Different forms of FRT have been around for much of the last decade, but fundamentally the technology involves a software programme comparing images, trying to establish if any faces are present, and then trying to get a close match with an existing image or gallery of images.
There are three basic applications of FRT — face detection, face classification (gender, age, skin tone etc), and facial recognition/verification.
Facial recognition is an example of a biometric technology, one dependent upon a person’s distinguishing physical characteristics.
Biometrics have proven troublesome in the past in terms of state-sponsored initiatives as observers of the Public Services Card saga will attest, given such information is protected as special category data under the GDPR, meaning the processing of same is prohibited save for certain exceptions, and it has to be legislated for specifically.
FRT is used across society in various forms, from phones opening for their owners via selfie-verification to ports of entry verifying someone’s face against their biometric passport, to law enforcement.
In terms of how the gardaí will use the technology, software would be used to detect faces in video footage or other visual media, and then those faces would be compared to a gallery of images — in this case a database of facial images of the population.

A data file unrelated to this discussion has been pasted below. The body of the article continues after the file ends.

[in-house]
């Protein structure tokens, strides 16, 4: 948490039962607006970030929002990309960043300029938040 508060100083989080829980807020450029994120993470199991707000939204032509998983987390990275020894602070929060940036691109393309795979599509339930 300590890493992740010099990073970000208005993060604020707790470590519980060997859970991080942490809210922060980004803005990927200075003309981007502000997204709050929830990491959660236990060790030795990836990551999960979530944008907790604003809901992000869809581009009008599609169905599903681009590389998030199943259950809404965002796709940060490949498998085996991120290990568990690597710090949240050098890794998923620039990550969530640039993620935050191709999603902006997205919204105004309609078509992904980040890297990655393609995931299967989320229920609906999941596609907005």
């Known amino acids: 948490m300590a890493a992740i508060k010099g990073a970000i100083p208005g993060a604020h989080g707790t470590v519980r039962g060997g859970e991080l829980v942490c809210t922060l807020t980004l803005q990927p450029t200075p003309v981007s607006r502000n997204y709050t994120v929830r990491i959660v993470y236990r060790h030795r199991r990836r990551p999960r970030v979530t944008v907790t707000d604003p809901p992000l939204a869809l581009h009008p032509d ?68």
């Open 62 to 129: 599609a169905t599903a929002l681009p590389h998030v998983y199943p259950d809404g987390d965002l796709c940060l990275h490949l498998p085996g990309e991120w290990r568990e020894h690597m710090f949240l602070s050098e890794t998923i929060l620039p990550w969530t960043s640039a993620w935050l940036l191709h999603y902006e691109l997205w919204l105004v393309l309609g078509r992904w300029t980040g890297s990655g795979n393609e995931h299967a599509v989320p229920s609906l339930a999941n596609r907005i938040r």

Here we hit our first stumbling block — the gardaí have access to a DNA database for those with criminal records, but what database of the country’s faces exists?
The only one that immediately springs to mind is that of the Public Services Card, and should that happen civil liberties organisations are likely to be less than impressed.
The answer, according to a department spokesperson, lies in images and video that have already been gathered and are legally held by the gardaí such as the mugshots of detained suspects.
How comprehensive a solution that will be remains to be seen, given the vast majority of the population has never come to the notice of gardaí.
There are other issues with the technology, unfortunately, ones which are not new and which were already trawled through when FRT was first considered by Government in 2022.
For starters, the tech in its current guise is by its very nature imprecise. It seeks to find matches, but all it can do is deliver a probability of a match.
Given the speed at which modern day tech moves, FRT is something which some day may be absolutely perfected. But as things stand, it isn’t there yet.
Secondly, more problematically, it has a bad habit of identifying people incorrectly.
Worse again, it has a habit of misidentifying people of colour in particular.
In 2020, head of the Detroit Police Department Chief James Craig admitted that “if we were just to use the technology by itself, to identify someone, I would say 96 percent of the time it would misidentify”, though he added that using the tech exclusively without any form of human oversight was “against our current policy”.
None of this has stopped other police forces from using FRT — it’s in place in at least 18 European countries, and across wide parts of the US.
However, its use is also banned in other places, including San Francisco, ordinarily the tech capital of America, off the back of privacy concerns.
A third issue is that the use of FRT is likely going to be a legal minefield.
Ireland has already fallen out of step with European law regarding tech/privacy projects on multiple occasions, including with the PSC.